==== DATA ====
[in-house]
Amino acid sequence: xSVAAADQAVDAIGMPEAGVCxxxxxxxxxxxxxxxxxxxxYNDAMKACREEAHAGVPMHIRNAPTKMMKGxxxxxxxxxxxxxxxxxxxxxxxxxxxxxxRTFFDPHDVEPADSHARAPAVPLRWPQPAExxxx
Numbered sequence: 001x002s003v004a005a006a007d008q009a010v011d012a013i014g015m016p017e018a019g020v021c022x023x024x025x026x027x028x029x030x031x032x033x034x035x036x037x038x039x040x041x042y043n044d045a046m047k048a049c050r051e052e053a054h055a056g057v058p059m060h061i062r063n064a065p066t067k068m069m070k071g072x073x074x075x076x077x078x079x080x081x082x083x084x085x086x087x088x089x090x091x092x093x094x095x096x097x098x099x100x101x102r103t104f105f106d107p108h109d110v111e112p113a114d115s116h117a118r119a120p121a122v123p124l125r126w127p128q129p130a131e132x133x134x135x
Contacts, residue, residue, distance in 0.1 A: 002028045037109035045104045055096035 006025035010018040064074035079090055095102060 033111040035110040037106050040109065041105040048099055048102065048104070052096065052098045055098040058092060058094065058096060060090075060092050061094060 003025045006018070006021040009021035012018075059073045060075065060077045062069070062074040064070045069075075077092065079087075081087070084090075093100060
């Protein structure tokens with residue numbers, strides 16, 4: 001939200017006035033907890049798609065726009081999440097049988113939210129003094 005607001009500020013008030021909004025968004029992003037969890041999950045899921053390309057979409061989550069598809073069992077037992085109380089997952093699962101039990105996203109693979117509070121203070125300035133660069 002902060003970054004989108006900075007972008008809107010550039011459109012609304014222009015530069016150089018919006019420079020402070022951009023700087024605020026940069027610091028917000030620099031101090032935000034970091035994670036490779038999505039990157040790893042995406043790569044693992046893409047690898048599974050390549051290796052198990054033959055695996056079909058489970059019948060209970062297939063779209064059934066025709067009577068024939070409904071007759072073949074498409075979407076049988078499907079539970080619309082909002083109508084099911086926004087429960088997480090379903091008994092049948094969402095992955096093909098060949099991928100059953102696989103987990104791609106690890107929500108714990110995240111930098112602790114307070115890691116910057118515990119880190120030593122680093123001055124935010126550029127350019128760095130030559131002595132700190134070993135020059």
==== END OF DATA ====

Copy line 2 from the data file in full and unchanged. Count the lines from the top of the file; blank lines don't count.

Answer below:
Amino acid sequence: xSVAAADQAVDAIGMPEAGVCxxxxxxxxxxxxxxxxxxxxYNDAMKACREEAHAGVPMHIRNAPTKMMKGxxxxxxxxxxxxxxxxxxxxxxxxxxxxxxRTFFDPHDVEPADSHARAPAVPLRWPQPAExxxx